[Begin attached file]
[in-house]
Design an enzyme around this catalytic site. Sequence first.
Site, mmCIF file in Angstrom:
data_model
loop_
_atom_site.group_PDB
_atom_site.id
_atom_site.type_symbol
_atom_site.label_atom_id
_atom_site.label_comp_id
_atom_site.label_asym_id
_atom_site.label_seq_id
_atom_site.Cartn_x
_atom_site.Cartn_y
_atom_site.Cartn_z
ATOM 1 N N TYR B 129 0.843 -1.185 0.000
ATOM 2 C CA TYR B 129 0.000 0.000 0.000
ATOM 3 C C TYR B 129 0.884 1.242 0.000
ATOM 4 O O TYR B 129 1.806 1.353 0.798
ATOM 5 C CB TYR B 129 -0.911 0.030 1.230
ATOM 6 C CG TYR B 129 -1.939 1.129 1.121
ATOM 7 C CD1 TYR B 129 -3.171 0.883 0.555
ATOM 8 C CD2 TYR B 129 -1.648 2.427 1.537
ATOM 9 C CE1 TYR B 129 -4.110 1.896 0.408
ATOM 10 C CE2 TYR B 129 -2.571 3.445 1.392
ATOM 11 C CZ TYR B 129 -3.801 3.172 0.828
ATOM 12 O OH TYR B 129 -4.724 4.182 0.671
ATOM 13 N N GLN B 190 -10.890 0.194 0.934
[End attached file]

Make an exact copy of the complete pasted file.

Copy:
[in-house]
Design an enzyme around this catalytic site. Sequence first.
Site, mmCIF file in Angstrom:
data_model
loop_
_atom_site.group_PDB
_atom_site.id
_atom_site.type_symbol
_atom_site.label_atom_id
_atom_site.label_comp_id
_atom_site.label_asym_id
_atom_site.label_seq_id
_atom_site.Cartn_x
_atom_site.Cartn_y
_atom_site.Cartn_z
ATOM 1 N N TYR B 129 0.843 -1.185 0.000
ATOM 2 C CA TYR B 129 0.000 0.000 0.000
ATOM 3 C C TYR B 129 0.884 1.242 0.000
ATOM 4 O O TYR B 129 1.806 1.353 0.798
ATOM 5 C CB TYR B 129 -0.911 0.030 1.230
ATOM 6 C CG TYR B 129 -1.939 1.129 1.121
ATOM 7 C CD1 TYR B 129 -3.171 0.883 0.555
ATOM 8 C CD2 TYR B 129 -1.648 2.427 1.537
ATOM 9 C CE1 TYR B 129 -4.110 1.896 0.408
ATOM 10 C CE2 TYR B 129 -2.571 3.445 1.392
ATOM 11 C CZ TYR B 129 -3.801 3.172 0.828
ATOM 12 O OH TYR B 129 -4.724 4.182 0.671
ATOM 13 N N GLN B 190 -10.890 0.194 0.934